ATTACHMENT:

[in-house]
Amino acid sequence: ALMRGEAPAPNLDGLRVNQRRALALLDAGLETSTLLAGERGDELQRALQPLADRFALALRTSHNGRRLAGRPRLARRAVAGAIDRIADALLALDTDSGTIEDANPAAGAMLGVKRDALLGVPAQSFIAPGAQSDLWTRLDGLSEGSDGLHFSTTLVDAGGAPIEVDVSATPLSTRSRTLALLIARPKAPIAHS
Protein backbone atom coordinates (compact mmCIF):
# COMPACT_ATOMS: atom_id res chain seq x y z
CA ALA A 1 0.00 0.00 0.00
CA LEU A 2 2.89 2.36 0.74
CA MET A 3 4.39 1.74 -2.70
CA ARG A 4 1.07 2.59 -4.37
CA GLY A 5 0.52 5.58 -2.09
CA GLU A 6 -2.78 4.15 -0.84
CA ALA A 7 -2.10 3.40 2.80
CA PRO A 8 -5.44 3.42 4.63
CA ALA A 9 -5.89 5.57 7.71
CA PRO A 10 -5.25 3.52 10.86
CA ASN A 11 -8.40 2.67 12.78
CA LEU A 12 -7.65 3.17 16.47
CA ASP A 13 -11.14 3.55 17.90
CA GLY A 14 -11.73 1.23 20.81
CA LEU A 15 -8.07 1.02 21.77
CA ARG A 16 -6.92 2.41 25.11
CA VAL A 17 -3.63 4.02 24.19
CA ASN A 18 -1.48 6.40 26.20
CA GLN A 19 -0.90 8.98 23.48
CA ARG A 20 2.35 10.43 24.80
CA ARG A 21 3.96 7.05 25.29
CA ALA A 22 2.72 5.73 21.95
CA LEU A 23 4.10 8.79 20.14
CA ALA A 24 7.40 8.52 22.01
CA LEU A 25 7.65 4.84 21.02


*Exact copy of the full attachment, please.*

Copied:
[in-house]
Amino acid sequence: ALMRGEAPAPNLDGLRVNQRRALALLDAGLETSTLLAGERGDELQRALQPLADRFALALRTSHNGRRLAGRPRLARRAVAGAIDRIADALLALDTDSGTIEDANPAAGAMLGVKRDALLGVPAQSFIAPGAQSDLWTRLDGLSEGSDGLHFSTTLVDAGGAPIEVDVSATPLSTRSRTLALLIARPKAPIAHS
Protein backbone atom coordinates (compact mmCIF):
# COMPACT_ATOMS: atom_id res chain seq x y z
CA ALA A 1 0.00 0.00 0.00
CA LEU A 2 2.89 2.36 0.74
CA MET A 3 4.39 1.74 -2.70
CA ARG A 4 1.07 2.59 -4.37
CA GLY A 5 0.52 5.58 -2.09
CA GLU A 6 -2.78 4.15 -0.84
CA ALA A 7 -2.10 3.40 2.80
CA PRO A 8 -5.44 3.42 4.63
CA ALA A 9 -5.89 5.57 7.71
CA PRO A 10 -5.25 3.52 10.86
CA ASN A 11 -8.40 2.67 12.78
CA LEU A 12 -7.65 3.17 16.47
CA ASP A 13 -11.14 3.55 17.90
CA GLY A 14 -11.73 1.23 20.81
CA LEU A 15 -8.07 1.02 21.77
CA ARG A 16 -6.92 2.41 25.11
CA VAL A 17 -3.63 4.02 24.19
CA ASN A 18 -1.48 6.40 26.20
CA GLN A 19 -0.90 8.98 23.48
CA ARG A 20 2.35 10.43 24.80
CA ARG A 21 3.96 7.05 25.29
CA ALA A 22 2.72 5.73 21.95
CA LEU A 23 4.10 8.79 20.14
CA ALA A 24 7.40 8.52 22.01
CA LEU A 25 7.65 4.84 21.02